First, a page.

For weeks now heavy artillery has rained down a barrage of criticism on Tom Watson. Much of it has been ferocious. "Tom Watson's career deserves to be destroyed right now," wrote Nick Cohen in the Observer. "Is Tom Watson a) a scorpion, b) a dog or c) a weasel?" ran a headline in The Times.
It's worth noting from the outset that I'm not one of Watson's acolytes. I didn't vote for him as deputy leader and I'm clear he made mistakes over Lord Brittan. That said, I've long been an admirer of his doughty campaigning and I believe we need more MPs like him.
For weeks now he's understandably had to defend his comments on the late Lord Brittan. But having apologized and admitted making mistakes on several occasions, his critics are in no mood to call a truce. Instead, they've moved on to a fresh line of attack with a continual drip feed of stories about his correspondence with the Director of Public Prosecutions. Meddling and interfering with justice have now been added to his charge sheet.
It may be true he's made some mistakes here, as I'm not familiar with every case he's taken on. But it's time Tom was defended against the broad thrust of the criticism against him, which is that he threatened judicial independence and created a climate where mistakes were bound to happen.
I don't buy into this at all. The idea that "misjudgments happen when politicians and the media whip themselves up into a frenzy," as journalists like Fraser Nelson argue, and not, presumably, when unaccountable bad decisions are quietly made behind closed doors, is absolute nonsense.
Anyone who's looked at the recent history of child abuse will know the calamitous approach to this crime by police and the Crown Prosecution Service means politicians and the media are more than entitled to get a little worked up.
Right across the establishment, from Directors of Public Prosecutions who deemed it not in the public interest to prosecute child abusing MPs to police forces who suppressed evidence and halted investigations where VIP abusers were involved and Attorney Generals who tried to stop paedophiles being named in Parliament, there was continual cover up.
And whenever each miscarriage of justice was allowed to pass, it wasn't because of over zealous MPs putting the authorities under pressure or due to media hysteria. It was simply a case of unaccountable, powerful people abusing their position - and getting away with it because of public deference to authority.
One former Director of Public Prosecutions, Sir Norman Skelhorn, is a case in point. This is the man who decided it wasn't in the public interest to prosecute Cyril Smith MP over child abuse and it wasn't in the public interest to prosecute Victor Montagu MP, who admitted to abusing a boy for nearly two years.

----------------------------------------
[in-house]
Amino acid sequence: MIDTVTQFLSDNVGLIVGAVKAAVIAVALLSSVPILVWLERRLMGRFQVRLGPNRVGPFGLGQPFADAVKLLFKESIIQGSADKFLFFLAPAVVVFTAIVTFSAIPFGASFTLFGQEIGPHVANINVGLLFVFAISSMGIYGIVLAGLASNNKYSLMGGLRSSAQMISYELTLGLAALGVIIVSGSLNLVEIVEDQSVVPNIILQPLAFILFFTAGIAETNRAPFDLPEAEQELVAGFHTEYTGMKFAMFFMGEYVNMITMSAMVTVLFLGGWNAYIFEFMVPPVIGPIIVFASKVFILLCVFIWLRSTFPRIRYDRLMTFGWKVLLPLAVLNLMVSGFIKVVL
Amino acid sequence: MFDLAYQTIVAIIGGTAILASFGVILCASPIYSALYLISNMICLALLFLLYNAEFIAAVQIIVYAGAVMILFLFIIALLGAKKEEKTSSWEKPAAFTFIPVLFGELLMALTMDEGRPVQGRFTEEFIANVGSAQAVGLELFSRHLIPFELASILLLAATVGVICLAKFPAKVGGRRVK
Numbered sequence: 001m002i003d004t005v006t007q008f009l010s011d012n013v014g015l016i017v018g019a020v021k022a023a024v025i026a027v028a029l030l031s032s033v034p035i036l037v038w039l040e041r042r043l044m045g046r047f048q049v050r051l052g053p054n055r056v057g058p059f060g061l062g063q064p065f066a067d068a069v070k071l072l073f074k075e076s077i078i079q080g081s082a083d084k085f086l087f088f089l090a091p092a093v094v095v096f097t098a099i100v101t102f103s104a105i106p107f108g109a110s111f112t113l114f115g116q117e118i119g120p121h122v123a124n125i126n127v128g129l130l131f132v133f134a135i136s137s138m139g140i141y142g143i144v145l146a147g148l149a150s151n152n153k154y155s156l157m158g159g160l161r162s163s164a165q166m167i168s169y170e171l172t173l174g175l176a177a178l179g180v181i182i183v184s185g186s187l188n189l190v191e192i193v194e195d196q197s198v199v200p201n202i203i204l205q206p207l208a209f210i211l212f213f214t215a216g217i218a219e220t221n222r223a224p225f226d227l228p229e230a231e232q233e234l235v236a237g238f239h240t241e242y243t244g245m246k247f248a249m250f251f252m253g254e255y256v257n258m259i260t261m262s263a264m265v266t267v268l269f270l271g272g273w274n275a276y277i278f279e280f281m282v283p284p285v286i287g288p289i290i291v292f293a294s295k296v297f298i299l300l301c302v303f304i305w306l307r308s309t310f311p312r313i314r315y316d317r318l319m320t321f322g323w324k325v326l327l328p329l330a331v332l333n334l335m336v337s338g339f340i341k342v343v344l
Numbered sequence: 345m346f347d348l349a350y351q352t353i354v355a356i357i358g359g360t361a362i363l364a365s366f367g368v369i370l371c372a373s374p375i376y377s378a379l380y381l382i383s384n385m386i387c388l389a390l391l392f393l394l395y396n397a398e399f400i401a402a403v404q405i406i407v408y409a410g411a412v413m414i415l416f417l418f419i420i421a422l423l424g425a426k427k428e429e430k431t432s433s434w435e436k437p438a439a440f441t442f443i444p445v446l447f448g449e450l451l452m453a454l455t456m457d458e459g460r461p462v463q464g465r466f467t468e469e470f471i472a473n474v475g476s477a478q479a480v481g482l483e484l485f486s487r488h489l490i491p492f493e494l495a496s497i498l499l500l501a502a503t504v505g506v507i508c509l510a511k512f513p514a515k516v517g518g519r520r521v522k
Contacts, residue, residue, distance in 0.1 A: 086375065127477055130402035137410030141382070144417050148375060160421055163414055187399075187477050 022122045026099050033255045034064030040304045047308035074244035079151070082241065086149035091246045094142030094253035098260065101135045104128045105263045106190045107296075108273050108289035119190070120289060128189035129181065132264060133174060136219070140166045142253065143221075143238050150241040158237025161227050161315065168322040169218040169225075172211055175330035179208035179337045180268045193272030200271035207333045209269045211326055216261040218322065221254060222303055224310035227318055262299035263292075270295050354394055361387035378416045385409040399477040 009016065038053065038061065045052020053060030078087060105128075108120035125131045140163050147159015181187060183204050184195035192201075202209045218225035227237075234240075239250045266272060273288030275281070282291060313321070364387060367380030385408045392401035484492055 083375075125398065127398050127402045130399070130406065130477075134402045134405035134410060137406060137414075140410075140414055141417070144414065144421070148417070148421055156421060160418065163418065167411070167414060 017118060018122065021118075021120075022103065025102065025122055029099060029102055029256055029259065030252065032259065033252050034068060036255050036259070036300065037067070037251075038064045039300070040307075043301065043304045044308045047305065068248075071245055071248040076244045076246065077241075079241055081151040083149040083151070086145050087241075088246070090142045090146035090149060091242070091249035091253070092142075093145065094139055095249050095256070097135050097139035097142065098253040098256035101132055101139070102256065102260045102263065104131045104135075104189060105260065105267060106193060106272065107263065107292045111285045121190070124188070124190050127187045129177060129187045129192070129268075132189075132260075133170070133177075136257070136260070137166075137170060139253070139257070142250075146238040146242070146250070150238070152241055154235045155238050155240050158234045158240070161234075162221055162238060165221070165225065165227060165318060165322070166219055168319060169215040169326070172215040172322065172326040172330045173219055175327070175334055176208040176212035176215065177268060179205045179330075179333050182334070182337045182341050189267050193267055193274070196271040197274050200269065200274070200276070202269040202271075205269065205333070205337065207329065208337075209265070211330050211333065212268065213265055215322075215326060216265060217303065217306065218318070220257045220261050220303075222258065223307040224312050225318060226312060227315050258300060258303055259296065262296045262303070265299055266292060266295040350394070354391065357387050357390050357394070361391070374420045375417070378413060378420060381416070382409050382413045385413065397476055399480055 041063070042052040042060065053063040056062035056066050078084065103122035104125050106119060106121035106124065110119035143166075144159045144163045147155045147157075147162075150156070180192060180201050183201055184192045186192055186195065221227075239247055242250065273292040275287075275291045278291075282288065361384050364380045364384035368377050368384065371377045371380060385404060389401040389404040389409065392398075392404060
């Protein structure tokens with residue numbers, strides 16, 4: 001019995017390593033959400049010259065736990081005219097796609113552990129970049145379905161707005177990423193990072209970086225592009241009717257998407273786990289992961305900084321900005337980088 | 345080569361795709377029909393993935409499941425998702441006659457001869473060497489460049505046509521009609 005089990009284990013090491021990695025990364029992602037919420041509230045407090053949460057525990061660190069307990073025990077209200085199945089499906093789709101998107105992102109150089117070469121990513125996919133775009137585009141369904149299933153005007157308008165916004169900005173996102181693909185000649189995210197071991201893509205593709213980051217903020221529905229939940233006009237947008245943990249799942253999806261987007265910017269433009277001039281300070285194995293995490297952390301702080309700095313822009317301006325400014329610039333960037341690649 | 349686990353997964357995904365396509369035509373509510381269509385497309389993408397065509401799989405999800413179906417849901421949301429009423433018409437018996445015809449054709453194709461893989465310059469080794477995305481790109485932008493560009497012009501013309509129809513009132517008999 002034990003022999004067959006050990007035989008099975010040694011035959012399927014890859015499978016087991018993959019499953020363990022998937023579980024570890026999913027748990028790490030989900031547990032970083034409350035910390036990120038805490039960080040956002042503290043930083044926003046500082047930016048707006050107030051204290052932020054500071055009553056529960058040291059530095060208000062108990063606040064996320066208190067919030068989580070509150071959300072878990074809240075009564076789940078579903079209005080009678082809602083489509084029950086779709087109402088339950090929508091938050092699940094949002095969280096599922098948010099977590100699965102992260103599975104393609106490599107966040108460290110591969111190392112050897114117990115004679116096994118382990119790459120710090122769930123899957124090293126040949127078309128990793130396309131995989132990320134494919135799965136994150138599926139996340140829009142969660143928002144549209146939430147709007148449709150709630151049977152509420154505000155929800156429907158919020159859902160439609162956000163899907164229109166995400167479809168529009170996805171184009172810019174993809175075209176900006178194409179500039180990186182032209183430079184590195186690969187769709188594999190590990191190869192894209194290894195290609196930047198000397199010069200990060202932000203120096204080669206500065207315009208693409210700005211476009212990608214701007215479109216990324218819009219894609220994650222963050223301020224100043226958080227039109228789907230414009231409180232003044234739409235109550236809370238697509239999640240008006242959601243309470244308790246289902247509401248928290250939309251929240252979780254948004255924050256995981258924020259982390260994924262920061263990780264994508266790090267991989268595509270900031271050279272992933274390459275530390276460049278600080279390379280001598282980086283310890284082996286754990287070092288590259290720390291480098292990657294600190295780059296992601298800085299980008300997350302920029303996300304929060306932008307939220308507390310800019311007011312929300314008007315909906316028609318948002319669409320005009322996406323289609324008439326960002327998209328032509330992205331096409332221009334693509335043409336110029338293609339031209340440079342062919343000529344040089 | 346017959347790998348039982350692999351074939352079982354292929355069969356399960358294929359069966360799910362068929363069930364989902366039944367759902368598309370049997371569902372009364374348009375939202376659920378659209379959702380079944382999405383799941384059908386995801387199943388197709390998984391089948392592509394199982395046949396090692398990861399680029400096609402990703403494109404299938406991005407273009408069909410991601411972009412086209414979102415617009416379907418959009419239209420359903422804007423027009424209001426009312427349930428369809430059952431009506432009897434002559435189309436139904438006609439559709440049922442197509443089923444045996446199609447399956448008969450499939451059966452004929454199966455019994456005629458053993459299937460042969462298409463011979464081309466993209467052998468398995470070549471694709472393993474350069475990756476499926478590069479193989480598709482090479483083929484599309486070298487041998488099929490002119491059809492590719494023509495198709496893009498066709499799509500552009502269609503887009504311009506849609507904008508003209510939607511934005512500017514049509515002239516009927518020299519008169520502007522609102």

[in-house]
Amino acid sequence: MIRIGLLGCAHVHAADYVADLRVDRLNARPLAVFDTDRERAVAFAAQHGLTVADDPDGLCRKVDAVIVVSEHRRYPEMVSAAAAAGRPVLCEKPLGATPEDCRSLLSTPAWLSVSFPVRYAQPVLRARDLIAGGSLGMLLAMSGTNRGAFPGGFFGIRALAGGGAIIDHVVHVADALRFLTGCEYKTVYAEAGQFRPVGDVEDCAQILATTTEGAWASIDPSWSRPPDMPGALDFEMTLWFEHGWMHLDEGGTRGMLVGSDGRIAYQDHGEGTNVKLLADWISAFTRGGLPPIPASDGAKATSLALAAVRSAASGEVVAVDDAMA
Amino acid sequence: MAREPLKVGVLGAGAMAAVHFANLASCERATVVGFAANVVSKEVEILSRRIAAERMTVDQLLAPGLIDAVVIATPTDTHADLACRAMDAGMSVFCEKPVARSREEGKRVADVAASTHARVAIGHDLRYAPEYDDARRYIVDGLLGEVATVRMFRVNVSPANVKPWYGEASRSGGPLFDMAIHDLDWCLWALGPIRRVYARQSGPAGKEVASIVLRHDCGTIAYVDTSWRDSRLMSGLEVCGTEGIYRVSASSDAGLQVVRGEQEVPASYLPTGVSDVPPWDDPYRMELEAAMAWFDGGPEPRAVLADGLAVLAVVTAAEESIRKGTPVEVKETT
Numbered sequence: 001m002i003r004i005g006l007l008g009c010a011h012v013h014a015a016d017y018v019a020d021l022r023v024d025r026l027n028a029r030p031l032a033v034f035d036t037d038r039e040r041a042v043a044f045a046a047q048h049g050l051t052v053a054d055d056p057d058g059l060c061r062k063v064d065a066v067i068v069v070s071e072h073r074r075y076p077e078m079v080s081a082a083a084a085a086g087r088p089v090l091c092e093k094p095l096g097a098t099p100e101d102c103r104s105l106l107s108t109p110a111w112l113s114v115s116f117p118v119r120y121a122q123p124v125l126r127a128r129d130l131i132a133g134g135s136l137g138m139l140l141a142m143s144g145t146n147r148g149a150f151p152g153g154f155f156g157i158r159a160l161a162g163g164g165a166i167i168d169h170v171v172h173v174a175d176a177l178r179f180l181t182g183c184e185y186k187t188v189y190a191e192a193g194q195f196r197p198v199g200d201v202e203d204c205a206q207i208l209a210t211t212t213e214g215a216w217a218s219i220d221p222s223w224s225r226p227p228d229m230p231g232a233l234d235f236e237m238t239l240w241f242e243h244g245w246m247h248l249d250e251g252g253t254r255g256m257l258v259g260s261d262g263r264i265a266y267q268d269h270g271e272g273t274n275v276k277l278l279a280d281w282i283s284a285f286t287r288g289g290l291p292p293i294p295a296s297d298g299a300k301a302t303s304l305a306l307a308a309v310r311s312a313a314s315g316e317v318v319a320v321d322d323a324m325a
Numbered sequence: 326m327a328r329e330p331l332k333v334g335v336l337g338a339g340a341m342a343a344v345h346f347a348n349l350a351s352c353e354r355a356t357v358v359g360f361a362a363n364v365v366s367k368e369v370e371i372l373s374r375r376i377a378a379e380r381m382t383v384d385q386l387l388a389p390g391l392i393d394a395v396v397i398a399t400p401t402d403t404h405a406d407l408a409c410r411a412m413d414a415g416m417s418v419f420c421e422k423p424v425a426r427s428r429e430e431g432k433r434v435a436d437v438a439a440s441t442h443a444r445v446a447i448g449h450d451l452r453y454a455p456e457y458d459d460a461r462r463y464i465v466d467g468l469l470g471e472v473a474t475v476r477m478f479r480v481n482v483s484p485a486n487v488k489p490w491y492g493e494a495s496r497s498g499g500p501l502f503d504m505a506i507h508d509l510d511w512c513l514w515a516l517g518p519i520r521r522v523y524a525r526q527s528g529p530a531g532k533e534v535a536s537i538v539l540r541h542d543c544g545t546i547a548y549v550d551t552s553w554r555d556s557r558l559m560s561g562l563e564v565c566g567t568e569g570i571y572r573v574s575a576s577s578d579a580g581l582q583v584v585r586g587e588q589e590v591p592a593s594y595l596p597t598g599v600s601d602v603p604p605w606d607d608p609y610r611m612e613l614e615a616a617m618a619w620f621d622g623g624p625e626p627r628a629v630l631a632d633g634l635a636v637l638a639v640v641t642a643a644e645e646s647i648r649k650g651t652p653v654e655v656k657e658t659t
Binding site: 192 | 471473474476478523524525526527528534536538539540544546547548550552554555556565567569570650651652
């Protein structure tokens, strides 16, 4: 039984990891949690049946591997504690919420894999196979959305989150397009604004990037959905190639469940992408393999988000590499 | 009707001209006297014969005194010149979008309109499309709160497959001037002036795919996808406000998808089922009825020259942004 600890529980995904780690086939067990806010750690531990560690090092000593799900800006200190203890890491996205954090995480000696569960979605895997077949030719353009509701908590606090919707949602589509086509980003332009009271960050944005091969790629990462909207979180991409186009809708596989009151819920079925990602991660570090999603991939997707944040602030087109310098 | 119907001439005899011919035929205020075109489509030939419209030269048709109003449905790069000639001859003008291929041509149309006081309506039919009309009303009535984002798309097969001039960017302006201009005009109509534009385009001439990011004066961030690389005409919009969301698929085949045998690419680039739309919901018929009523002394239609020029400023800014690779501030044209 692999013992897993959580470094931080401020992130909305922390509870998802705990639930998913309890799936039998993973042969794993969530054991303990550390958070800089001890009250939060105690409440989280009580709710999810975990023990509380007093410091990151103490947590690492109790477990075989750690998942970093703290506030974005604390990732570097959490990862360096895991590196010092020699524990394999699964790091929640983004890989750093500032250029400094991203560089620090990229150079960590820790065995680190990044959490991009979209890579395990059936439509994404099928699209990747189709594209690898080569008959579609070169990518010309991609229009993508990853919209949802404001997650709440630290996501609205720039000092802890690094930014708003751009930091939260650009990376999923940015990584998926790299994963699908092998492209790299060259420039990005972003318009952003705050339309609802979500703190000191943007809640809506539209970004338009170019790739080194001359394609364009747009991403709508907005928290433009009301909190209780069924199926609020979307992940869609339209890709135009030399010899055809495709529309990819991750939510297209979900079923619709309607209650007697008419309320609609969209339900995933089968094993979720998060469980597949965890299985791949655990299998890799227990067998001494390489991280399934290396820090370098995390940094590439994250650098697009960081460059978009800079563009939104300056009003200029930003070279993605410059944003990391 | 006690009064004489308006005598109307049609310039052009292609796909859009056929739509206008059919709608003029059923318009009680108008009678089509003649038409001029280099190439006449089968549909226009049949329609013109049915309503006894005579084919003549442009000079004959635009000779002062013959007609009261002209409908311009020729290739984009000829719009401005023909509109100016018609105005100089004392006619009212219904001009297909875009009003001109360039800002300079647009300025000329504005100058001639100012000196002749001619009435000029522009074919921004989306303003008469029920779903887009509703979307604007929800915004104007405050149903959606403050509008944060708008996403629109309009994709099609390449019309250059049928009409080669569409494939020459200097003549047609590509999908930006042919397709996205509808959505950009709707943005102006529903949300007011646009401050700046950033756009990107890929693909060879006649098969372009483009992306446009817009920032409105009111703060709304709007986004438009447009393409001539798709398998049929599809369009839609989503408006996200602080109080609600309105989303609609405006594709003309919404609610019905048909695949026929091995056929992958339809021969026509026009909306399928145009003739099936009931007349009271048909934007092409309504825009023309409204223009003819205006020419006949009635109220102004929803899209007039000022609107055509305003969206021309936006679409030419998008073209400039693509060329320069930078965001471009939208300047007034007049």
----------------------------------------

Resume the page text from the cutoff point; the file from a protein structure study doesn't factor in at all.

Incredibly, Skelhorn thought it in the public interest to protect paedophile MPs.
Skelhorn was also the DPP when the 'Playland' scandal broke, which saw the Old Etonian Lloyds underwriter Charles Hornby jailed for the sexual exploitation of homeless boys near Piccadilly Circus. It's widely believed Hornby was the establishment scapegoat and many other VIPs managed to escape justice. The judge admitted not all the perpetrators were in the dock and one of the defendants, David Archer, said he'd presented police with a dossier naming millionaires and titled and influential people involved in the Playland affair. There was "a tremendous cover up to protect these people," he argued.
Not surprisingly, that dossier disappeared.
Perhaps if Tom Watson was around at the time, firing off a few pointed missives asking if the right procedures were followed then Skelhorn might have thought twice about covering up abuse.
Similarly we know from the 29 cases currently before the Independent Police Complaints Commission over allegations of police covering up child sex offences from the 1970s to 2005 that there are plenty of police chiefs with questions to answer. A few more letters from an MP like Tom Watson asking police chiefs back then to explain what was going on would have certainly raised the prospect of some accountability.
And I'm sure a bit of "meddling and interference" from someone like Tom over the scandal involving the recently convicted Bishop Peter Ball wouldn't have gone amiss either. Perhaps then royals, ex cabinet ministers and police chiefs wouldn't have gone to such lengths to try and protect someone who sexually abused 18 vulnerable young men.
There haven't been enough letters from people like Tom Watson over the years and I only wish there'd been more passionate, pushy and committed MPs demanding to know why justice was denied for so many vulnerable people.
The fact that more ignominy is being heaped on Tom Watson for 'interfering' in sexual abuse cases than the Conservative whip Tim Fortescue ever received for openly admitting he'd help MPs if they got involved in a "scandal involving small boys" shows how skewed people's values have become.
Tom is acutely aware of the monumental mistakes made in the past - and that's why he's been so tenacious in trying to make sure the authorities do a better job this time.
I'm not yet convinced we've properly learned from these terrible cover ups and that's why I don't believe Tom or any other MP for that matter should be doffing their cap and showing total deference to the legal system any time soon.
MPs have a duty to question authority and the day we stop doing that the less accountable authorities become.
Simon Danczuk is the Labour MP for Rochdale